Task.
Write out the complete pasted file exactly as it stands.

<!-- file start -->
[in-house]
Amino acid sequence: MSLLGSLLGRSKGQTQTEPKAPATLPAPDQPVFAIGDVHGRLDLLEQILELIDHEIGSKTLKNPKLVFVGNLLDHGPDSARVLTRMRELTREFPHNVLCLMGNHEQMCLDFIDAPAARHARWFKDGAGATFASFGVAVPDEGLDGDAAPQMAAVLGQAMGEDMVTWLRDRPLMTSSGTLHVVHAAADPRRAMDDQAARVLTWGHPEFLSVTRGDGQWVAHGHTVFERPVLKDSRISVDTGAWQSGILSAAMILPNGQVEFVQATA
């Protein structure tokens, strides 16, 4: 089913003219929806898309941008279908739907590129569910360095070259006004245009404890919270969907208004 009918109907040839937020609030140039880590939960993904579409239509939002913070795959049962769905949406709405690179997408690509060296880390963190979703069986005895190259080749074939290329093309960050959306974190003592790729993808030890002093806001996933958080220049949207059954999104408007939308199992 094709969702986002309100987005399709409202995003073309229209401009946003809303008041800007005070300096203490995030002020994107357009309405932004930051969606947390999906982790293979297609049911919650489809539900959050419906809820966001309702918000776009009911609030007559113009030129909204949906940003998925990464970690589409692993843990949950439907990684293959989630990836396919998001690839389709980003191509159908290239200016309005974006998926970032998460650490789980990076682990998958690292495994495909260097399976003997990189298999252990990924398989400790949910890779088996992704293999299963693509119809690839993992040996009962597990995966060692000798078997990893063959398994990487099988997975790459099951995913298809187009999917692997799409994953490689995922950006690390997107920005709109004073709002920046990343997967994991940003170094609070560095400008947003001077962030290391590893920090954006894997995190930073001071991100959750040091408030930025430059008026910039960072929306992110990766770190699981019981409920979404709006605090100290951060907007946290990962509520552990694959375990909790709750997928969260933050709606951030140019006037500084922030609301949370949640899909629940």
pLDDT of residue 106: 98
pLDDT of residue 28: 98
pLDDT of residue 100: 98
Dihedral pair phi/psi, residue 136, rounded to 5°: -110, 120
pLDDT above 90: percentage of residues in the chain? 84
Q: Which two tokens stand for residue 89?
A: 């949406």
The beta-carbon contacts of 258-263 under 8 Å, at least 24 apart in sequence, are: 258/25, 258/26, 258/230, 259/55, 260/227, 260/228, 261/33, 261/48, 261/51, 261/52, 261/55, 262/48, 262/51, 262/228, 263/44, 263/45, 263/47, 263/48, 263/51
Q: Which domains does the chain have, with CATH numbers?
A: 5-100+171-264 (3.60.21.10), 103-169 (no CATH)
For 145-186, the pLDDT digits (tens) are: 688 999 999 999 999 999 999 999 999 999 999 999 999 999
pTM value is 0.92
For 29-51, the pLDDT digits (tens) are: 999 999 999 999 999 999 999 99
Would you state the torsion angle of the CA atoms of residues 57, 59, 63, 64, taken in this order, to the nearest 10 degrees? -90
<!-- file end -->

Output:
[in-house]
Amino acid sequence: MSLLGSLLGRSKGQTQTEPKAPATLPAPDQPVFAIGDVHGRLDLLEQILELIDHEIGSKTLKNPKLVFVGNLLDHGPDSARVLTRMRELTREFPHNVLCLMGNHEQMCLDFIDAPAARHARWFKDGAGATFASFGVAVPDEGLDGDAAPQMAAVLGQAMGEDMVTWLRDRPLMTSSGTLHVVHAAADPRRAMDDQAARVLTWGHPEFLSVTRGDGQWVAHGHTVFERPVLKDSRISVDTGAWQSGILSAAMILPNGQVEFVQATA
């Protein structure tokens, strides 16, 4: 089913003219929806898309941008279908739907590129569910360095070259006004245009404890919270969907208004 009918109907040839937020609030140039880590939960993904579409239509939002913070795959049962769905949406709405690179997408690509060296880390963190979703069986005895190259080749074939290329093309960050959306974190003592790729993808030890002093806001996933958080220049949207059954999104408007939308199992 094709969702986002309100987005399709409202995003073309229209401009946003809303008041800007005070300096203490995030002020994107357009309405932004930051969606947390999906982790293979297609049911919650489809539900959050419906809820966001309702918000776009009911609030007559113009030129909204949906940003998925990464970690589409692993843990949950439907990684293959989630990836396919998001690839389709980003191509159908290239200016309005974006998926970032998460650490789980990076682990998958690292495994495909260097399976003997990189298999252990990924398989400790949910890779088996992704293999299963693509119809690839993992040996009962597990995966060692000798078997990893063959398994990487099988997975790459099951995913298809187009999917692997799409994953490689995922950006690390997107920005709109004073709002920046990343997967994991940003170094609070560095400008947003001077962030290391590893920090954006894997995190930073001071991100959750040091408030930025430059008026910039960072929306992110990766770190699981019981409920979404709006605090100290951060907007946290990962509520552990694959375990909790709750997928969260933050709606951030140019006037500084922030609301949370949640899909629940």
pLDDT of residue 106: 98
pLDDT of residue 28: 98
pLDDT of residue 100: 98
Dihedral pair phi/psi, residue 136, rounded to 5°: -110, 120
pLDDT above 90: percentage of residues in the chain? 84
Q: Which two tokens stand for residue 89?
A: 């949406």
The beta-carbon contacts of 258-263 under 8 Å, at least 24 apart in sequence, are: 258/25, 258/26, 258/230, 259/55, 260/227, 260/228, 261/33, 261/48, 261/51, 261/52, 261/55, 262/48, 262/51, 262/228, 263/44, 263/45, 263/47, 263/48, 263/51
Q: Which domains does the chain have, with CATH numbers?
A: 5-100+171-264 (3.60.21.10), 103-169 (no CATH)
For 145-186, the pLDDT digits (tens) are: 688 999 999 999 999 999 999 999 999 999 999 999 999 999
pTM value is 0.92
For 29-51, the pLDDT digits (tens) are: 999 999 999 999 999 999 999 99
Would you state the torsion angle of the CA atoms of residues 57, 59, 63, 64, taken in this order, to the nearest 10 degrees? -90